Meet Leeza Gibbons, advocate for family caregivers, who advises looking for the small miracles.
By Heather Lamb
This isn’t a story about Leeza Gibbons. Not really.
It’s a story about Maria and Beverly, two women who became best friends late in life as they watched their husbands descend into dementia. It’s about Susan, a vivacious woman in her 50s with early-onset Alzheimer’s disease, who puts a relatable face on a profoundly isolating condition. It’s about Jean, Leeza’s mother, who, after her Alzheimer’s diagnosis, told her daughter, “Make it count.”
This is a story about people who summon strength in the face of heartbreak. It’s about preserving what we can preserve and letting go of what we cannot.
It’s a story about living. Most of all, it’s about that.
There are 5.4 million people in the United States with Alzheimer’s, according to the Alzheimer’s Association. Millions of their family members care for them, love them and watch as their spouses, parents or friends slowly disappear before their eyes.
Leeza started the Leeza Gibbons Memory Foundation in 2002, and soon after founded Leeza’s Place, an organization dedicated to supporting and caring for the caregivers of people with Alzheimer’s. Leeza’s Place has four physical locations (in California, Illinois and Florida), as well as online resources.
“I wanted to do something to honor my mother’s strength, and also her humanity and her humility,” Leeza says. “Leeza’s Place is about honoring families and empowering them to find the blessings in this dreaded diagnosis.”
Her family’s experience with Alzheimer’s followed a typical course. Leeza’s mother started showing signs of the disease when she was in her 50s. She was diagnosed 10 years later and died 10 years after that, in 2008. Jean’s own mother had died of the disease three decades earlier.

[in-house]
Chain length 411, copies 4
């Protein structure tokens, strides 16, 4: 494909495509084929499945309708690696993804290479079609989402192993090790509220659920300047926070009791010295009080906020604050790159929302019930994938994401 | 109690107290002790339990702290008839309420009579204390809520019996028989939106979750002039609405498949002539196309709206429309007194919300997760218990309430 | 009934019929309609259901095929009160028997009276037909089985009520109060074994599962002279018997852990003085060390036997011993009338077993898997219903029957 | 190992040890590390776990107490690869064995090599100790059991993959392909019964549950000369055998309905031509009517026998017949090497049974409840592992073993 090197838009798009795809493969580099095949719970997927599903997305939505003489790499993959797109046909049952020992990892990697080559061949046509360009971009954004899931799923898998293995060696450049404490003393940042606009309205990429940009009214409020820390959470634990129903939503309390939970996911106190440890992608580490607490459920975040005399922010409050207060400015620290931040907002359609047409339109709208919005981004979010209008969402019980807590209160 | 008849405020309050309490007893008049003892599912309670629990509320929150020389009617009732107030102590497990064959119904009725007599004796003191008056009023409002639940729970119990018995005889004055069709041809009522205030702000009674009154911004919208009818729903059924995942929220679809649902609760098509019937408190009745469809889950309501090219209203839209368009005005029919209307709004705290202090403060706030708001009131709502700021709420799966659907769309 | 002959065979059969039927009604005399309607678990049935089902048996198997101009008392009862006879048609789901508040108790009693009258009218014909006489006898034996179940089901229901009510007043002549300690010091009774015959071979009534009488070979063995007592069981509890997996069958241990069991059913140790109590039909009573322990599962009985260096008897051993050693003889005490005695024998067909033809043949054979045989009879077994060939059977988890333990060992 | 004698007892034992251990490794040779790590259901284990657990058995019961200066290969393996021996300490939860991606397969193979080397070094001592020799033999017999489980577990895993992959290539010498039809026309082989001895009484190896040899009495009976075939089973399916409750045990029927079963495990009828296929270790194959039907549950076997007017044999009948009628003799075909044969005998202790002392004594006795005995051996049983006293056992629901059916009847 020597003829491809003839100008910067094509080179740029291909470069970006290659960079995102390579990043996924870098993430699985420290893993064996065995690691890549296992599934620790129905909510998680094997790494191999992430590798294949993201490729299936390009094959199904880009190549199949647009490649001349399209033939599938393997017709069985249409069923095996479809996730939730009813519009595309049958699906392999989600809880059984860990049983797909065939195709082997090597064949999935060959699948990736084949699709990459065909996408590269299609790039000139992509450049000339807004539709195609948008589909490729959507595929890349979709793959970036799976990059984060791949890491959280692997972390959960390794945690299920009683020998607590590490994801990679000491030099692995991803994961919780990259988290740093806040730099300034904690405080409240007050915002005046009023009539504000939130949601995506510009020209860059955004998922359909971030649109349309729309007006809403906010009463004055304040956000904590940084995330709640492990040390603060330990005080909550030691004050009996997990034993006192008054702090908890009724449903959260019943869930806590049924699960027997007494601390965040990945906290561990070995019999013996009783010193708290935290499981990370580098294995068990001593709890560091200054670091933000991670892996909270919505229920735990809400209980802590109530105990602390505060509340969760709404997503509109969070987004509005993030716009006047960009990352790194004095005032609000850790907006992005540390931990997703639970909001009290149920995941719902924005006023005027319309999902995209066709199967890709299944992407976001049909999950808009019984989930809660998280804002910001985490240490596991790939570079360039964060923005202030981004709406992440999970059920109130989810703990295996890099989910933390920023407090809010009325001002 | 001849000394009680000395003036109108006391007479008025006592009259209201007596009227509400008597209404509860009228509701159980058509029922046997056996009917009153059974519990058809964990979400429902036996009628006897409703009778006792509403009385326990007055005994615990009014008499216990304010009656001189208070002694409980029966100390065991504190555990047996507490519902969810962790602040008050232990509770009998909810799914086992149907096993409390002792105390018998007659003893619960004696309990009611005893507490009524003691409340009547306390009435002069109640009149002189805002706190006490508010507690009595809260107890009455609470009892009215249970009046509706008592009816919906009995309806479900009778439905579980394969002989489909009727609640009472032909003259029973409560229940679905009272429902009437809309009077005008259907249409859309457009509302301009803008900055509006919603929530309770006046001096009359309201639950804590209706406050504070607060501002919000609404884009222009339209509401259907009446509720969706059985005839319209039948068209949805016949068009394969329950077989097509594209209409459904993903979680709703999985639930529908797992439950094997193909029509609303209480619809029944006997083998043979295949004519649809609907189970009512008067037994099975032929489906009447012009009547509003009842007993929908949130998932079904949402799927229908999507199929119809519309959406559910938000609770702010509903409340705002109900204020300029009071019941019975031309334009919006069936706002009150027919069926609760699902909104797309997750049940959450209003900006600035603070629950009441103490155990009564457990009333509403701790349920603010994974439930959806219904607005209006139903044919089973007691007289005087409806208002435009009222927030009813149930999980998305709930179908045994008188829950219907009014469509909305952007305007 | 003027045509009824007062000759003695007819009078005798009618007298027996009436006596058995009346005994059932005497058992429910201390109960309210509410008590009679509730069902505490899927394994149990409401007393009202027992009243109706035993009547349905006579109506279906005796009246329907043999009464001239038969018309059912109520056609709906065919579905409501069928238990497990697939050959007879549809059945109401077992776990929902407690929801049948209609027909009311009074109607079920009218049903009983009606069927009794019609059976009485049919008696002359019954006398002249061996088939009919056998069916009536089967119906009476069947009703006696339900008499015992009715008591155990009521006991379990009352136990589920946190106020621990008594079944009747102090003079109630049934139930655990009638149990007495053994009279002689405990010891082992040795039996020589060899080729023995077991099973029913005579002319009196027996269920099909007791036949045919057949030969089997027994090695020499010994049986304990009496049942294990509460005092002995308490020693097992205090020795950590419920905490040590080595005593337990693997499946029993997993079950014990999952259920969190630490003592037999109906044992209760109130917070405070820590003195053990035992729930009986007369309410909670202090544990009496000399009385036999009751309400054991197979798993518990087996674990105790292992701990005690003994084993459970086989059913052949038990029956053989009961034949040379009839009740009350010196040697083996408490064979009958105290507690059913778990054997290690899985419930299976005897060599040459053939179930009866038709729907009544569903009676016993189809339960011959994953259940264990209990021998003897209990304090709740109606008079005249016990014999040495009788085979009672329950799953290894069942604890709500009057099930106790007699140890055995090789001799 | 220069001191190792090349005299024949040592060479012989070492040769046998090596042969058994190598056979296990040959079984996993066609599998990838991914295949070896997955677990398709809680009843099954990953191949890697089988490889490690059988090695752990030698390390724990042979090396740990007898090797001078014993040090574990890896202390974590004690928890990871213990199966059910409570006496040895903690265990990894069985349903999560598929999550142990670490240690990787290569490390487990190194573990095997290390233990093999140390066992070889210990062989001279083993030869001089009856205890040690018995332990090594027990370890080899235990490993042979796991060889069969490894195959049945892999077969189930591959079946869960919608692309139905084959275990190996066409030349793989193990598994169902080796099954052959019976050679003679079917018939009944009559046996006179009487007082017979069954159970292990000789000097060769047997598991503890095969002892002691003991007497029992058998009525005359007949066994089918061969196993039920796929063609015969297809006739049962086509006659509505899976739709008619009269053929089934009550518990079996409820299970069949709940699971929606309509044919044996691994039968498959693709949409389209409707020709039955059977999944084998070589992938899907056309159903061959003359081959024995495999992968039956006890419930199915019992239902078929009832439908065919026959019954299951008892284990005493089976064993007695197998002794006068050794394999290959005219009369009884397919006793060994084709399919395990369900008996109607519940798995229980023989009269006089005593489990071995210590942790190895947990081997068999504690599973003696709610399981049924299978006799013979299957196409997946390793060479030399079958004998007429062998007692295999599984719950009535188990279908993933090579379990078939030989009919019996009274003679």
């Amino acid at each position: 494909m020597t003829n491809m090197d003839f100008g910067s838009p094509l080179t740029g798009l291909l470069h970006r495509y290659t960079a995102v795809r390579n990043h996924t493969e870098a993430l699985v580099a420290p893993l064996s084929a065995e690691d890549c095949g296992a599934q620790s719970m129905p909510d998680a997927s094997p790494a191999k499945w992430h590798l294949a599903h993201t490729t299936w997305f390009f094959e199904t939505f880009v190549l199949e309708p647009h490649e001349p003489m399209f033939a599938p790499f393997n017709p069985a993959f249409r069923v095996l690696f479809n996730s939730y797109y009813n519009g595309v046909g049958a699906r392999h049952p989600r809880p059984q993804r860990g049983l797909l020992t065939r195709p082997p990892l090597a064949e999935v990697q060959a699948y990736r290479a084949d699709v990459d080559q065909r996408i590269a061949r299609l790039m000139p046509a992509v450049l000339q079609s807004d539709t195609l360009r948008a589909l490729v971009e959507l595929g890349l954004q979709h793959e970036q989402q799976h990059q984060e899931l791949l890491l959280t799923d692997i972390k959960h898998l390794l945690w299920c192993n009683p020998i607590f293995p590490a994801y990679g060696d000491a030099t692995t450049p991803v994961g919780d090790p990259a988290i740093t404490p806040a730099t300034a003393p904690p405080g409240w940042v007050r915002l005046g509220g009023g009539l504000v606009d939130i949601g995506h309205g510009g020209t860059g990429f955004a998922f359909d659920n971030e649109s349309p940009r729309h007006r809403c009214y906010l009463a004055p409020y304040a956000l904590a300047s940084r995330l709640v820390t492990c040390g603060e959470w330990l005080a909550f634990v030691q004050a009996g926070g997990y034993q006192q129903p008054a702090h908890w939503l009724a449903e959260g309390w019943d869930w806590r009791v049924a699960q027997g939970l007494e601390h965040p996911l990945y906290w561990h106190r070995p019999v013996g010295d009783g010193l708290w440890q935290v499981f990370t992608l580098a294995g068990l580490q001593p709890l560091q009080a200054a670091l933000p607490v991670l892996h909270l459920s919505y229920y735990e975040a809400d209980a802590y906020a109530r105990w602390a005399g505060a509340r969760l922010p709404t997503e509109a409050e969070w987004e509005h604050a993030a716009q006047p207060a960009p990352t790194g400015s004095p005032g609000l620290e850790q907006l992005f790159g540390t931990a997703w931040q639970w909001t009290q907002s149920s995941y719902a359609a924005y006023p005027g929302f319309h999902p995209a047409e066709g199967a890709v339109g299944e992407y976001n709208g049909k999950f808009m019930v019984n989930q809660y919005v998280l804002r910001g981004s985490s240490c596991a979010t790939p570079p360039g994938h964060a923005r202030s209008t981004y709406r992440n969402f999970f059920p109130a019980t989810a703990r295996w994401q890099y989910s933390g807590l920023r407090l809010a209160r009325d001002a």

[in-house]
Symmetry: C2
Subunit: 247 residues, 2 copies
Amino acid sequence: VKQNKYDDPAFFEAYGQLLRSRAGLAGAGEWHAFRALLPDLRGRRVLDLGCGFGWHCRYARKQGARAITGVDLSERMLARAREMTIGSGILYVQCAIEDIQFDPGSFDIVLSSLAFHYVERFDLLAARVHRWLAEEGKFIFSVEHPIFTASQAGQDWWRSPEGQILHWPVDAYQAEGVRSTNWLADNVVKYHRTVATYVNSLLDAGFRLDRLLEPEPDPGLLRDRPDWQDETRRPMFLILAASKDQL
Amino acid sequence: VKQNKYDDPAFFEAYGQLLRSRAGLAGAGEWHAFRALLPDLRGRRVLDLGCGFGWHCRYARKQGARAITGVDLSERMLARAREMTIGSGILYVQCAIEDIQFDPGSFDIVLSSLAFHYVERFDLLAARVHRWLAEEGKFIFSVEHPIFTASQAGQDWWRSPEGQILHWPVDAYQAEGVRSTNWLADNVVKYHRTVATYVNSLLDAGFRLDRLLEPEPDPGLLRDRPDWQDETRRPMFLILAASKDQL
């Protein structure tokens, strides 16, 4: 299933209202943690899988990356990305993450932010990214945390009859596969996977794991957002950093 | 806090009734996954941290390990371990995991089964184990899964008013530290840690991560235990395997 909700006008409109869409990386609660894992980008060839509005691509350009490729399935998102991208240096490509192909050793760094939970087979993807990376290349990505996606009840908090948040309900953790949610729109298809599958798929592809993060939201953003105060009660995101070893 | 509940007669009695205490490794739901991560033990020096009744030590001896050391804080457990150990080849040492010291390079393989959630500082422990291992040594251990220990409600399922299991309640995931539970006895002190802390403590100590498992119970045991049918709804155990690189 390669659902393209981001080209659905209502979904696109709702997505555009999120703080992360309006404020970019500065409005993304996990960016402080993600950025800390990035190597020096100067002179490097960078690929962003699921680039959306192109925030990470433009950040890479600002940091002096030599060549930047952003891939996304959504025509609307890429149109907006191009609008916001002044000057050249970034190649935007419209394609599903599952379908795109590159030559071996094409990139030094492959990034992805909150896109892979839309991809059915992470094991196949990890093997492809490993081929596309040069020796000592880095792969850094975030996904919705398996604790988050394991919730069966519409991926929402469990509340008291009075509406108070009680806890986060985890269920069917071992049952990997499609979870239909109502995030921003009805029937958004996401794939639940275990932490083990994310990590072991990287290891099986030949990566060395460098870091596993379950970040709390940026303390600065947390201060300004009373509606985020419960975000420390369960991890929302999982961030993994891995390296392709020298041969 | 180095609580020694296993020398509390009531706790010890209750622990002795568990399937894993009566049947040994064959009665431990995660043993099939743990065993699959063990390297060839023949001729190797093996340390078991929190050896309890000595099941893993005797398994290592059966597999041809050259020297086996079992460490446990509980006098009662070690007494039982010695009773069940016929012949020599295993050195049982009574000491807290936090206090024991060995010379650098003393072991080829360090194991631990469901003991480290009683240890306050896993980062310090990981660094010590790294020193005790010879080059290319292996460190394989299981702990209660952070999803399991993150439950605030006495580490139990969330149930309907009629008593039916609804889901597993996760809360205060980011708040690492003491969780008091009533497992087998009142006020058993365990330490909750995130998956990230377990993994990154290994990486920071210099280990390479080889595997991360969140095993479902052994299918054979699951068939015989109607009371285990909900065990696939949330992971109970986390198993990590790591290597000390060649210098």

Their family’s journey was, by turns, devastating, uncertain, hopeful and, unfortunately, with an ending that was completely predictable. No effective treatment has been found to prevent the gradual descent into complete memory loss.
“With my mom and grandma having it, I had to get comfortable with the idea that I can’t control the outcome,” Leeza says. “It forced me to slow down. I had to drop the dread.”
That, in a nutshell, is Leeza’s greatest lesson.
As with any unfavorable diagnosis, there come feelings of hopelessness and helplessness. But accepting the diagnosis and its inevitable end brings power, she says.
It was important for her, both personally and in her work with Leeza’s Place, to foster a belief in miracles—not in the sense of false hopes, but in looking for glimmers of wonder amid the fog, for small but meaningful moments.
“The miracle may be that someone else in the family will step up in an unexpected way, or that you’ll realize your own strength, or that you have more to give than you thought,” Leeza says.
Leeza’s Place encourages caregivers to seek out these moments together. It gives them opportunities to push past the discomfort and allow other people in. That is the most vital service that Leeza’s Place offers—the support for caregivers to know, to really know, they’re not alone.
Maria and Beverly, who met at a California location of Leeza’s Place, are one example of what Leeza calls “logical families”—those who forge connections out of experience. Both lost their husbands to dementia, and together the two women faced the uncertainties and pain of that situation, while battling health problems of their own.
“They were able to really see each other in a way that people who haven’t walked the path can’t understand,” Leeza says.
The mission of Leeza’s Place has evolved and changed over time. “We started out focusing on the newly diagnosed,” Leeza says. “But we soon realized we could offer more help if we shifted to focus on the caregivers.”
Another change: Leeza’s Place recently expanded its focus to include services for caregivers of people with many different diagnoses, from autism to multiple sclerosis. The need for caregiver support will continue to grow as Baby Boomers, Leeza’s peers, age. “We know most people will either be a caregiver or need a caregiver,” she says.